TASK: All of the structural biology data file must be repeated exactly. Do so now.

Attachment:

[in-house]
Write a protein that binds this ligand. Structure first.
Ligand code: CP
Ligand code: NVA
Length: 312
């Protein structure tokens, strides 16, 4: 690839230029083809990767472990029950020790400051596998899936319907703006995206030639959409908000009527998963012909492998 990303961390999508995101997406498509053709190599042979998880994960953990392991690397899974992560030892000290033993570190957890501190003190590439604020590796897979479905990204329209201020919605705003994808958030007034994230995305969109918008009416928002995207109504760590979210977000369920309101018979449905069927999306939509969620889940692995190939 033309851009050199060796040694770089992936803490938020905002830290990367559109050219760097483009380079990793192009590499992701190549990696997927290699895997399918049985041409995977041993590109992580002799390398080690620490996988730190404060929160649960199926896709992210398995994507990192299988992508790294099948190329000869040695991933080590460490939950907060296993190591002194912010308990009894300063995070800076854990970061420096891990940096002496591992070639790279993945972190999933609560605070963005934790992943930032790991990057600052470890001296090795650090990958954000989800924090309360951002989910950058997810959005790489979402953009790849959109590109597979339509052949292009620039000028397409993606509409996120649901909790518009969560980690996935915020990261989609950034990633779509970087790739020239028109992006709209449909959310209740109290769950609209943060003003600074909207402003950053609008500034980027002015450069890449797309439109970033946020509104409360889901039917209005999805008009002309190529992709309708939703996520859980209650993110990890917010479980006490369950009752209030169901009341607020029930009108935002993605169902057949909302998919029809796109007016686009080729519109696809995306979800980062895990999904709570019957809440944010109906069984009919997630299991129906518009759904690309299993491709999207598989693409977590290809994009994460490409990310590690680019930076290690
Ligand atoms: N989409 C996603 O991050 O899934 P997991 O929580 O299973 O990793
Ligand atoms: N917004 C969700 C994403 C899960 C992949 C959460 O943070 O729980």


[in-house]
Write a protein that binds this ligand. Structure first.
Ligand code: CP
Ligand code: NVA
Length: 312
């Protein structure tokens, strides 16, 4: 690839230029083809990767472990029950020790400051596998899936319907703006995206030639959409908000009527998963012909492998 990303961390999508995101997406498509053709190599042979998880994960953990392991690397899974992560030892000290033993570190957890501190003190590439604020590796897979479905990204329209201020919605705003994808958030007034994230995305969109918008009416928002995207109504760590979210977000369920309101018979449905069927999306939509969620889940692995190939 033309851009050199060796040694770089992936803490938020905002830290990367559109050219760097483009380079990793192009590499992701190549990696997927290699895997399918049985041409995977041993590109992580002799390398080690620490996988730190404060929160649960199926896709992210398995994507990192299988992508790294099948190329000869040695991933080590460490939950907060296993190591002194912010308990009894300063995070800076854990970061420096891990940096002496591992070639790279993945972190999933609560605070963005934790992943930032790991990057600052470890001296090795650090990958954000989800924090309360951002989910950058997810959005790489979402953009790849959109590109597979339509052949292009620039000028397409993606509409996120649901909790518009969560980690996935915020990261989609950034990633779509970087790739020239028109992006709209449909959310209740109290769950609209943060003003600074909207402003950053609008500034980027002015450069890449797309439109970033946020509104409360889901039917209005999805008009002309190529992709309708939703996520859980209650993110990890917010479980006490369950009752209030169901009341607020029930009108935002993605169902057949909302998919029809796109007016686009080729519109696809995306979800980062895990999904709570019957809440944010109906069984009919997630299991129906518009759904690309299993491709999207598989693409977590290809994009994460490409990310590690680019930076290690
Ligand atoms: N989409 C996603 O991050 O899934 P997991 O929580 O299973 O990793
Ligand atoms: N917004 C969700 C994403 C899960 C992949 C959460 O943070 O729980």